Forest villages: an agroforestry approach to rehabilitating forest land degraded by shifting cultivation in Thailand
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The Forest village scheme was introduced by the Forest Industries Organisation (FIO) of Thailand in 1967 as an attempt to stop further spread of the fast increasing shifting cultivation and deforestation in the country. The underlying princple of the scheme is to relate reforestation with social welfare of the people involved. It is essentially a modification of the traditional taungya method of plantation establishment.
The salient aspect of the scheme is to induce the shifting cultivators to settle down in villages where each family is given tenure over a plot of land to construct a house and develop a homegarden around it. The farmers are required to help establish and maintain forest plantations, in which they are permitted to raise agricultural crops during the first three years of its establishment. The farmers are also given free medical and educational facilities, and technical advice on crop and livestock husbandry. They can also earn cash rewards for successful plantation establishment.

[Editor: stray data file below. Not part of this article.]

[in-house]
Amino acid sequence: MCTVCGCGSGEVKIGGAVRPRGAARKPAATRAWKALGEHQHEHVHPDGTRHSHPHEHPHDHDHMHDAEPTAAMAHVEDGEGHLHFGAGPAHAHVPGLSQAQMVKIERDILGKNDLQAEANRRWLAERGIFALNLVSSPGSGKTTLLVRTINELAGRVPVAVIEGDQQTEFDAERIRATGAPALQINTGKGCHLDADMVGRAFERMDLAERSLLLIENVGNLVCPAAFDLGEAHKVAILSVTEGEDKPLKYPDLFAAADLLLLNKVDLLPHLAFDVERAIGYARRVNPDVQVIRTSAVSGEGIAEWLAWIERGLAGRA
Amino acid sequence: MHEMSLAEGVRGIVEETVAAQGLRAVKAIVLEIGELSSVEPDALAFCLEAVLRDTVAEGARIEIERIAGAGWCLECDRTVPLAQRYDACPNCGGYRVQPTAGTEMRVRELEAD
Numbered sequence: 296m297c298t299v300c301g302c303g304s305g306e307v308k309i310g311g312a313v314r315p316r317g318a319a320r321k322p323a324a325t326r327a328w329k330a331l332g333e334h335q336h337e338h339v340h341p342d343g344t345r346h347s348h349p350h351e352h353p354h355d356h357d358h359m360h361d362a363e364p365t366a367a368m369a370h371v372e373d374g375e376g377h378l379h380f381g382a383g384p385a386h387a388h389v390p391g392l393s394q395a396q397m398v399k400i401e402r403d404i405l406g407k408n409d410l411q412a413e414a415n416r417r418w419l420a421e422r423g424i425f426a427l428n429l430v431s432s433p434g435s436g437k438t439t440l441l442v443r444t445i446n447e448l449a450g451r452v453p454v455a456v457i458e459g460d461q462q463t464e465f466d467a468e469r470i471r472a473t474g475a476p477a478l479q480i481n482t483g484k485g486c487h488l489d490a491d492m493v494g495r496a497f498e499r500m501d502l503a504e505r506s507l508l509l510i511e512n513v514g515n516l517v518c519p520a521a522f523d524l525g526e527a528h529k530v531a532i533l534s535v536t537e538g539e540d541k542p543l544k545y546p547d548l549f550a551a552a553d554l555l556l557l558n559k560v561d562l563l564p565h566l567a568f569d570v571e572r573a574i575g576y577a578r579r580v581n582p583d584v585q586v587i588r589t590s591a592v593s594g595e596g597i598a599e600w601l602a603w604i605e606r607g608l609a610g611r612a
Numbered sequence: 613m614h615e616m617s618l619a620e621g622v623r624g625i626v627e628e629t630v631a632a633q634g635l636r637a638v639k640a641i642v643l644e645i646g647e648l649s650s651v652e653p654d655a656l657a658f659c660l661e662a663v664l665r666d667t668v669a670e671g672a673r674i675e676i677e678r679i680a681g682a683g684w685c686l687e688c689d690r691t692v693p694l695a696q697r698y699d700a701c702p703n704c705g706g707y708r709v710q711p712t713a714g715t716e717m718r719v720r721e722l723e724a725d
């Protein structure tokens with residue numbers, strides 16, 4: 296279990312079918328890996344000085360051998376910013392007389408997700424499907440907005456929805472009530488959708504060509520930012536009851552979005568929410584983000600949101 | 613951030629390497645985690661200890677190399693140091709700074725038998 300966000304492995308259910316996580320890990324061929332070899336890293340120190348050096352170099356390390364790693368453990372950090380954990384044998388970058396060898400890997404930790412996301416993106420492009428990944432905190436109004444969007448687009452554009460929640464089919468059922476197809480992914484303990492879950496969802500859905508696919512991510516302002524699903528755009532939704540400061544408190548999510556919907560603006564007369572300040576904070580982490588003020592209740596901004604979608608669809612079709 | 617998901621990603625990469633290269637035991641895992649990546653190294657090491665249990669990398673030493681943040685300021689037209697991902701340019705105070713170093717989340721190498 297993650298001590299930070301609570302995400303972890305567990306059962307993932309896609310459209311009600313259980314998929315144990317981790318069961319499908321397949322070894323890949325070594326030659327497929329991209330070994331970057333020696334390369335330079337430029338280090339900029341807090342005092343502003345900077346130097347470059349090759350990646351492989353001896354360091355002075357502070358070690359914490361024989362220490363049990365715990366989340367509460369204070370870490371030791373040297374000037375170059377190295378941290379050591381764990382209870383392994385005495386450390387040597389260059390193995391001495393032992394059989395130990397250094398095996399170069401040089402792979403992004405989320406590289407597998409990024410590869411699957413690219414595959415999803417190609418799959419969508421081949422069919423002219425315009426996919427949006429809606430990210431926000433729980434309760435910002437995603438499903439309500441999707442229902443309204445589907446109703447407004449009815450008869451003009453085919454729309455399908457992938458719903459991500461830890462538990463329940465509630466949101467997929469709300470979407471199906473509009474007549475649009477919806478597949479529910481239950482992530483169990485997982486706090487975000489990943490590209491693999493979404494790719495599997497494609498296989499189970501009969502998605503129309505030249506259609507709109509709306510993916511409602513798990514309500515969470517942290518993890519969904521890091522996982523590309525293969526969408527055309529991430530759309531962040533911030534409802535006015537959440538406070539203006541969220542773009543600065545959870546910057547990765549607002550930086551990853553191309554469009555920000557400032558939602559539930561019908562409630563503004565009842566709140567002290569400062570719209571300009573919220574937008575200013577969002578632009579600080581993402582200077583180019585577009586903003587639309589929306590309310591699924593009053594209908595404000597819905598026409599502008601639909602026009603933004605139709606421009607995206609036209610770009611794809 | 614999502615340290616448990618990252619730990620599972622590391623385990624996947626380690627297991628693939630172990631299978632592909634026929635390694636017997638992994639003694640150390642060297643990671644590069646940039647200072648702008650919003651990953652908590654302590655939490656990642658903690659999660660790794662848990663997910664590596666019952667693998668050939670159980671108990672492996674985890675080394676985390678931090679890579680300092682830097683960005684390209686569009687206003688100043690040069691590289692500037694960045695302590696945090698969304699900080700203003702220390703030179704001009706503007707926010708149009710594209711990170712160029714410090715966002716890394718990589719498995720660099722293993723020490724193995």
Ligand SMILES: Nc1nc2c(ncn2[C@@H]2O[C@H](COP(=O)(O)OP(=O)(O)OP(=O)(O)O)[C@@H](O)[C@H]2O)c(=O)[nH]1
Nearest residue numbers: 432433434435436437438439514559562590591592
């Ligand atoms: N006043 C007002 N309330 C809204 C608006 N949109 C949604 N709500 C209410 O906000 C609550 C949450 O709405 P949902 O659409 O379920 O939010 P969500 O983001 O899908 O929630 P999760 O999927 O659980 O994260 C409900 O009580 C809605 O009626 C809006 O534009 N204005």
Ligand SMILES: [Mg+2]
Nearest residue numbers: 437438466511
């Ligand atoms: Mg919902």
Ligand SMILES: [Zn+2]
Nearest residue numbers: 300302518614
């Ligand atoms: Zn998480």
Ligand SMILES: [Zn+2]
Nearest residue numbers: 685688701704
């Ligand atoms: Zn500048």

Although the scheme has not achieved its full target in terms of area covered and number of families settled, it is proving to be a successful method of luring people away from destructive shifting cultivation. The approach is applicable to other countries and regions with similar land-use problems and socio-cultural background.
The paper also examines the constraints to the effective working of the scheme, provides some simple suggestions for improving its functioning and identies some of the issues that can easily be tackled by research.
Key wordsThailand forest villages shifting cultivation agroforestry home garden reforestation
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